Never count out “Today” in the morning show wars.
The venerable NBC A.M. franchise has for weeks been losing a critical ratings category to its main rival, ABC’s “Good Morning America.” The ABC show has long been the most-watched broadcast-TV morning-news program in the nation, while “Today” typically dominates among the viewers advertisers want most — people between 25 and 54. But for more than two months, that hasn’t been the case; “GMA” has taken the lead in both overall viewership and the ad demo.
Last week put the brakes on ABC’s progress. According to Nielsen, “Today” won more viewers between 25 and 54 than its ABC competitor, albeit during a stretch leading into the long holiday weekend when all three broadcast networks “retitled” their Friday programs so what were presumably lower-than-usual audience levels wouldn’t be lumped in with the rest of the week’s crowd.
For the four days ended June 30,”Today” lured an average of 656,000 viewers between 25 and 54, according to Nielsen, compared with 625,000 for “GMA” and 458,000 for “CBS Mornings.” Meanwhile, “GMA” attracted an overall audience of nearly 2.89 million, compared with nearly 2.65 million for “Today” and 2.25 million for CBS.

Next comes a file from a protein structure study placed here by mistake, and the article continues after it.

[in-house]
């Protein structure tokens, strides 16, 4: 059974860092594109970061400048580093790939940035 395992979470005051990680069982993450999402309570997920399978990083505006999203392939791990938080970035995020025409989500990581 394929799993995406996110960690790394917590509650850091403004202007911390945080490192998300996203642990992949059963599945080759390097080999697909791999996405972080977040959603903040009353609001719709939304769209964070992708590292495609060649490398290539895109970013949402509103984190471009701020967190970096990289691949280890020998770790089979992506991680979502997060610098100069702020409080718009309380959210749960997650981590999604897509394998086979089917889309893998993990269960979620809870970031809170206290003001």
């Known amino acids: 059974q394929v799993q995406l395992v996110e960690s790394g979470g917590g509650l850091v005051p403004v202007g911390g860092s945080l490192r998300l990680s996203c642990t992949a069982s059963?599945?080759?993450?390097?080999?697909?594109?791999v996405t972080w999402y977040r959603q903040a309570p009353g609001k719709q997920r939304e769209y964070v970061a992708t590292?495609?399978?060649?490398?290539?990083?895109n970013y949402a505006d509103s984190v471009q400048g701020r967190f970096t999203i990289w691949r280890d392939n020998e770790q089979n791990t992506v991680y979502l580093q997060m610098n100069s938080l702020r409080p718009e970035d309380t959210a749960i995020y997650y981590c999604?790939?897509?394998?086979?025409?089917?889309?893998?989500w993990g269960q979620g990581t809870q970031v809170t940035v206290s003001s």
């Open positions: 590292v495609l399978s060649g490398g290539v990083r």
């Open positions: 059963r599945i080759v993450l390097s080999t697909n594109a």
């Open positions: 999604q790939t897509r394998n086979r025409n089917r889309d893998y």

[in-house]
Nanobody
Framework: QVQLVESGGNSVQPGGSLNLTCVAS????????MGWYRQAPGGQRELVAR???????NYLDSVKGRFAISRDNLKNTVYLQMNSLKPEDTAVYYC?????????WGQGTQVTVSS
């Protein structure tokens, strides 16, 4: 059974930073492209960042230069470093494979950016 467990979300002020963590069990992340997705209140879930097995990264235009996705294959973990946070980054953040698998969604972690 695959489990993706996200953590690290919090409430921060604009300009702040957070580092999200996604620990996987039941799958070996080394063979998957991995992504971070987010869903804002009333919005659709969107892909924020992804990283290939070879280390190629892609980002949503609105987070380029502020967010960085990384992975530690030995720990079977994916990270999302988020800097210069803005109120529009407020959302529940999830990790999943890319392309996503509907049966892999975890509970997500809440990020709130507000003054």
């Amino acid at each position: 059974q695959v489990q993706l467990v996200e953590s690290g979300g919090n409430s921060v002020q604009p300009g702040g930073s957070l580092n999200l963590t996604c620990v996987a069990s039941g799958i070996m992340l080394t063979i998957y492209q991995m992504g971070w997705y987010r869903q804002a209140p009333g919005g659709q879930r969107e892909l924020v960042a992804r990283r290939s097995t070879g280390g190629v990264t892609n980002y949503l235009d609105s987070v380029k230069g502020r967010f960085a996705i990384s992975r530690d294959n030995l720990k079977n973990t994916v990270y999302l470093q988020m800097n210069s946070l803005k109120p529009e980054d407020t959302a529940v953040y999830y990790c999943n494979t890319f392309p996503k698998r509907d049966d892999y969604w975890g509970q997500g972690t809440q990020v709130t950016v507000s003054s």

Next week may prove crucial in the ratings race. Both networks will want to see if “GMA” regains the demo in a full working week or if “Today” has new momentum coming out of the holiday. In 2021, the first two hours of “Today” captured $298.2 million in advertising support, according to Kantar, a tracker of ad spending. “GMA” attracted nearly $281 million, and CBS’ morning program won around $110.7 million, according to Kantar.
The two shows have been known to switch positions for a few weeks at a time. In December, for example, potentially buoyed by the holiday season, “Today” won more viewers than “GMA” for two consecutive weeks — reversing the shows’ usual order.
The morning programs portray themselves with references to waking up, coffee and sunshine, but behind the scenes, their efforts to stay ahead of rivals are serious and severe. Executives at NBCUniversal tend to keep their eye on how shows perform among the so-called “advertiser” demo — people between 25 and 54 for news shows and people between 18 and 49 for entertainment fare. ABC News already commands a lead in both total audience and the demo in the competition between “World News Tonight” and “NBC Nightly News,” and a longer-term loss in the demo for “Today” would not be taken lightly.
In a June interview with Variety, “GMA” senior producer Simone Swink said the program had recently focused on getting anchors and correspondents out in the field once more, now that some pandemic restrictions seem to be subsiding. “There’s more real thinking about meeting viewers where they are,” she said.